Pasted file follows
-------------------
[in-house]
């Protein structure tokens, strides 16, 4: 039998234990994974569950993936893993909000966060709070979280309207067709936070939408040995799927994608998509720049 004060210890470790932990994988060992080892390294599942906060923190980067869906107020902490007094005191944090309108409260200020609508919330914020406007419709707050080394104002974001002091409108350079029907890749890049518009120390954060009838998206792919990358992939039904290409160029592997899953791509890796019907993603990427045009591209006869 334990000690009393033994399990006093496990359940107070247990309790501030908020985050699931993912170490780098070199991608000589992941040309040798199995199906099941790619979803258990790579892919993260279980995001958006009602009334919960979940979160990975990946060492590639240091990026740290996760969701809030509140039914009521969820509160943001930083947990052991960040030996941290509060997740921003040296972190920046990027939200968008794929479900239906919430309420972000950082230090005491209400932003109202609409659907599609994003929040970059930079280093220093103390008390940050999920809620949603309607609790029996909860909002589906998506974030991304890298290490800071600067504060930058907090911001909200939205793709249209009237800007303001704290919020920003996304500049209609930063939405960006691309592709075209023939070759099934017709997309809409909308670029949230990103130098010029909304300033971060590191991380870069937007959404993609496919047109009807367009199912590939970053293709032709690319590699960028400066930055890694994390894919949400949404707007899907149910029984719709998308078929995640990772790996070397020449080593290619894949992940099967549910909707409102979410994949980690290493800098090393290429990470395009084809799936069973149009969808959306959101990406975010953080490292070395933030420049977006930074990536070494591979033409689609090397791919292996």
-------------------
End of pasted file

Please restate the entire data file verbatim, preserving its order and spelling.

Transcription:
[in-house]
């Protein structure tokens, strides 16, 4: 039998234990994974569950993936893993909000966060709070979280309207067709936070939408040995799927994608998509720049 004060210890470790932990994988060992080892390294599942906060923190980067869906107020902490007094005191944090309108409260200020609508919330914020406007419709707050080394104002974001002091409108350079029907890749890049518009120390954060009838998206792919990358992939039904290409160029592997899953791509890796019907993603990427045009591209006869 334990000690009393033994399990006093496990359940107070247990309790501030908020985050699931993912170490780098070199991608000589992941040309040798199995199906099941790619979803258990790579892919993260279980995001958006009602009334919960979940979160990975990946060492590639240091990026740290996760969701809030509140039914009521969820509160943001930083947990052991960040030996941290509060997740921003040296972190920046990027939200968008794929479900239906919430309420972000950082230090005491209400932003109202609409659907599609994003929040970059930079280093220093103390008390940050999920809620949603309607609790029996909860909002589906998506974030991304890298290490800071600067504060930058907090911001909200939205793709249209009237800007303001704290919020920003996304500049209609930063939405960006691309592709075209023939070759099934017709997309809409909308670029949230990103130098010029909304300033971060590191991380870069937007959404993609496919047109009807367009199912590939970053293709032709690319590699960028400066930055890694994390894919949400949404707007899907149910029984719709998308078929995640990772790996070397020449080593290619894949992940099967549910909707409102979410994949980690290493800098090393290429990470395009084809799936069973149009969808959306959101990406975010953080490292070395933030420049977006930074990536070494591979033409689609090397791919292996």